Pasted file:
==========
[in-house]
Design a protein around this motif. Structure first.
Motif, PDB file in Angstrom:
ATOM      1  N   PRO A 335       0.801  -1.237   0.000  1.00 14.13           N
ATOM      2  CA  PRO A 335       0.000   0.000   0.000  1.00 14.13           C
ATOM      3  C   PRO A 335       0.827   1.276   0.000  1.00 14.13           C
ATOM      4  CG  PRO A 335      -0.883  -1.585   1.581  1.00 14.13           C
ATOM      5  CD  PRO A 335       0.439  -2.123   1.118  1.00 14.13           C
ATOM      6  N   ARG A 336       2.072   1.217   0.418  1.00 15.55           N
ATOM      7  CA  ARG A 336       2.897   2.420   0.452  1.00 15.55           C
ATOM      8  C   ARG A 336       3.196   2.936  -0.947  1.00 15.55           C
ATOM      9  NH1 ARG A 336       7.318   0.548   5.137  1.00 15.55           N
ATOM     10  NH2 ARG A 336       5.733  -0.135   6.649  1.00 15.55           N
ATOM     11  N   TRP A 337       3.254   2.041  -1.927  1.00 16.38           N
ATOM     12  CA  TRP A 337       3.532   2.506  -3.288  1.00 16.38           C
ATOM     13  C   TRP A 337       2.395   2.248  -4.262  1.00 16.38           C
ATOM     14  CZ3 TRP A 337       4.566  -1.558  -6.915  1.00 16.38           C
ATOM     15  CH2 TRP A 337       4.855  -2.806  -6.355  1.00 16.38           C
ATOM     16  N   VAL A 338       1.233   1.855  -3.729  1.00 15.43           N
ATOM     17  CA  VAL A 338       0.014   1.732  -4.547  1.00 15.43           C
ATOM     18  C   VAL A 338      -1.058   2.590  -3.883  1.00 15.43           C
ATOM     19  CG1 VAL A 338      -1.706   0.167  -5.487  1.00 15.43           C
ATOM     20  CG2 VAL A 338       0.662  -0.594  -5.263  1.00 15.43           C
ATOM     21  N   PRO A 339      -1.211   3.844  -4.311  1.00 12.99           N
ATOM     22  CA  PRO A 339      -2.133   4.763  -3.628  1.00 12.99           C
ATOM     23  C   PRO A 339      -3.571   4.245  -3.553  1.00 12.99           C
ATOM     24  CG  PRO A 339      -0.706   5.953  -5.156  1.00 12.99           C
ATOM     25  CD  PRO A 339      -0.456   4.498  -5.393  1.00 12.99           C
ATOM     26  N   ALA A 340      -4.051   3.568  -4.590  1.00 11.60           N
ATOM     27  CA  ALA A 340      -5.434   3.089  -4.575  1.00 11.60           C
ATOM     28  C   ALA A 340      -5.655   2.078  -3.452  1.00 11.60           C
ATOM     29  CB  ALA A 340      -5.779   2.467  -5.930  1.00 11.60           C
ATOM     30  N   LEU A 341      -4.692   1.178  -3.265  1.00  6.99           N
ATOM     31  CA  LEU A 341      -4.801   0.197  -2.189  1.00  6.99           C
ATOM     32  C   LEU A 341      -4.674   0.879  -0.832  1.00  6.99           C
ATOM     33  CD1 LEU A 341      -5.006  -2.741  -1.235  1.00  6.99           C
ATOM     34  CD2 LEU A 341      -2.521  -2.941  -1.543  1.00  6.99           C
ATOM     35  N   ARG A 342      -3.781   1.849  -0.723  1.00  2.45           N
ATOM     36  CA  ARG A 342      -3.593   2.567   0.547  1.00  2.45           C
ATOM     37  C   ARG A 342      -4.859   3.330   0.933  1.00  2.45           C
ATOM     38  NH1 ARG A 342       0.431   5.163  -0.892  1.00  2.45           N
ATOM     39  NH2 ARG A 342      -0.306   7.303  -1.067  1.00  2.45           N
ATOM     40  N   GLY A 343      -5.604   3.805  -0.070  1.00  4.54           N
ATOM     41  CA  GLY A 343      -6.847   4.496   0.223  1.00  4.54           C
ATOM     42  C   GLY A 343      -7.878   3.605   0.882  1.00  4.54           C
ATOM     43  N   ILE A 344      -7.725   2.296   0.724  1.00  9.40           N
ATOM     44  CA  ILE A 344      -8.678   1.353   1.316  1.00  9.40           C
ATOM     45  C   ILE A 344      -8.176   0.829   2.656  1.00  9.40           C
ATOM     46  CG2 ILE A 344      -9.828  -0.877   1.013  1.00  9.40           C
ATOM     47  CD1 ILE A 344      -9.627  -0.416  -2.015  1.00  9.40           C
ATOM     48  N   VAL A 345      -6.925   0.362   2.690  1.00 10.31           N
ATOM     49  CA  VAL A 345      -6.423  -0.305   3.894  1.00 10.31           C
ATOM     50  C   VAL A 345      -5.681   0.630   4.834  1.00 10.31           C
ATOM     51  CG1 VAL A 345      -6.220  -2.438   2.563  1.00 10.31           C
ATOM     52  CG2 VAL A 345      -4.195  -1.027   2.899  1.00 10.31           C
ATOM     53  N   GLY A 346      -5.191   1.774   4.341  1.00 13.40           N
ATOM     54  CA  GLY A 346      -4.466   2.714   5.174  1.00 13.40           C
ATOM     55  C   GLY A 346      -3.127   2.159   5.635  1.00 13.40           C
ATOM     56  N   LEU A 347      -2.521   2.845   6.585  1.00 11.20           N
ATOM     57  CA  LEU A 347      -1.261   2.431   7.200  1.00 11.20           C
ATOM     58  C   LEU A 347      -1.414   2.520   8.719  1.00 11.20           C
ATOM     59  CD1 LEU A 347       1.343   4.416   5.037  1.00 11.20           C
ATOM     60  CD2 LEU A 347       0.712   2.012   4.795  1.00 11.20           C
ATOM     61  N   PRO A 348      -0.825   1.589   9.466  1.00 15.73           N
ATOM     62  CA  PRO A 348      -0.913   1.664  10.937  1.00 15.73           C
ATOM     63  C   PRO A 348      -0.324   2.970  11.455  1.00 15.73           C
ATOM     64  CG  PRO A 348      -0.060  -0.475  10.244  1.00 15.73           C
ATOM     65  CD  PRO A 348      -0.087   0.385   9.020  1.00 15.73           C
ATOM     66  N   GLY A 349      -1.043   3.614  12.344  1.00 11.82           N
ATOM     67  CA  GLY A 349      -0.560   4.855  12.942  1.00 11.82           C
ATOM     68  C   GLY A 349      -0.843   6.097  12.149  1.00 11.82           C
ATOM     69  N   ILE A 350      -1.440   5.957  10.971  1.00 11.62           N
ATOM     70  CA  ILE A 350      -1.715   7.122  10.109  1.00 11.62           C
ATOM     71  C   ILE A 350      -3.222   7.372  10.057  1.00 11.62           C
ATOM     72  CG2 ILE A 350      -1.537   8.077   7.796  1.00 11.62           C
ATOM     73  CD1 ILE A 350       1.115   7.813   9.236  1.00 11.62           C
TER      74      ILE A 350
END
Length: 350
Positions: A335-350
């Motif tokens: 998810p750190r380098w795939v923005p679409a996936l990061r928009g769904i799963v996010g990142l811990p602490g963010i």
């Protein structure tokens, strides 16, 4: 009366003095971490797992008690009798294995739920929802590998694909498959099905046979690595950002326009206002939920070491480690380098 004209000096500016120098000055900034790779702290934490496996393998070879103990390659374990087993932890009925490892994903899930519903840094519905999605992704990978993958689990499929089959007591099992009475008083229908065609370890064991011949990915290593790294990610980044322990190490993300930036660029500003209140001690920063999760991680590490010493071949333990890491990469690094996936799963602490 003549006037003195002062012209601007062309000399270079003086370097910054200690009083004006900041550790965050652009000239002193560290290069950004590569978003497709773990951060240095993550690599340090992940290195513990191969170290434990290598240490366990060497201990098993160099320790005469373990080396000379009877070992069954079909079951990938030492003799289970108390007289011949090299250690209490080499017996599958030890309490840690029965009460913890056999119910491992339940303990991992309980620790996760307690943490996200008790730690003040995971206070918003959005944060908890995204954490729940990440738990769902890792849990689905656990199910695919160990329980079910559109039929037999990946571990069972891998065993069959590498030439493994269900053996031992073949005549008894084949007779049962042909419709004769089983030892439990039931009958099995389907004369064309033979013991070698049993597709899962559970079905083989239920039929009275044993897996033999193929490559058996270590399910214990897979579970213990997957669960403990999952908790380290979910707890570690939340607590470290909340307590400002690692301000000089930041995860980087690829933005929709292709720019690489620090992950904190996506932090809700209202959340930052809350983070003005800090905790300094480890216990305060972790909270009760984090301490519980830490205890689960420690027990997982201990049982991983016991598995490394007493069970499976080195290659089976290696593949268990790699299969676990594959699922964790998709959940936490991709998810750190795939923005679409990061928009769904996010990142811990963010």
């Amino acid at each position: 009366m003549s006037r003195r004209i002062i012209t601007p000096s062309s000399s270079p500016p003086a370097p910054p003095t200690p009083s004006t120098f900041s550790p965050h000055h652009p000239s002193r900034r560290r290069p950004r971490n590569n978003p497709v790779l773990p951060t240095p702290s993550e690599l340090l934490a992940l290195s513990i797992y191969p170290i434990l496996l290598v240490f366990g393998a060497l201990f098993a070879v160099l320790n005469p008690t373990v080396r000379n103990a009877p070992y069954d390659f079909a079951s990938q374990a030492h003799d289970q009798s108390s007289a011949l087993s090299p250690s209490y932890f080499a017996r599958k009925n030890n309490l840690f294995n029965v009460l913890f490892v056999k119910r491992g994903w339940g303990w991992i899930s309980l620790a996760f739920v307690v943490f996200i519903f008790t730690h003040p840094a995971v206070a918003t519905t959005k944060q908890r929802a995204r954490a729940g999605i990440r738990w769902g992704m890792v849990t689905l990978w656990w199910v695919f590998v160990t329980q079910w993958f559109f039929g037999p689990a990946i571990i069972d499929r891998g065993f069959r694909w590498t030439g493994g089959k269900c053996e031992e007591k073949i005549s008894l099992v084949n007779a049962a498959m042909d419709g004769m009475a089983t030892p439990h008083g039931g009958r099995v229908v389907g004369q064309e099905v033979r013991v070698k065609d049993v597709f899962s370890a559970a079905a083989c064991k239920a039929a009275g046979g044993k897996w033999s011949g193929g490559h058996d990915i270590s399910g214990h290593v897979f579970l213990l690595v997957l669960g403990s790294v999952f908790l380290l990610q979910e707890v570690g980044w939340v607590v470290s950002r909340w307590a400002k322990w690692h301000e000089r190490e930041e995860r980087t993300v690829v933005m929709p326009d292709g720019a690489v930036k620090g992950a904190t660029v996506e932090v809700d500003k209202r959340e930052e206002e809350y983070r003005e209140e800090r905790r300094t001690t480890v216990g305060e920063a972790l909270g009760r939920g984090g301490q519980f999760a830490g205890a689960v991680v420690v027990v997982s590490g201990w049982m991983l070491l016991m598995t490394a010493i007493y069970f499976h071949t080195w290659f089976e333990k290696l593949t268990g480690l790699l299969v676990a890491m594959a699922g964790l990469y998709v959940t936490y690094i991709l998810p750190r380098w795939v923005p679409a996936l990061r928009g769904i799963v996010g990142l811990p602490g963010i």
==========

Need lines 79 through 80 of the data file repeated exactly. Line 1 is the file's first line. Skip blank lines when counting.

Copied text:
Length: 350
Positions: A335-350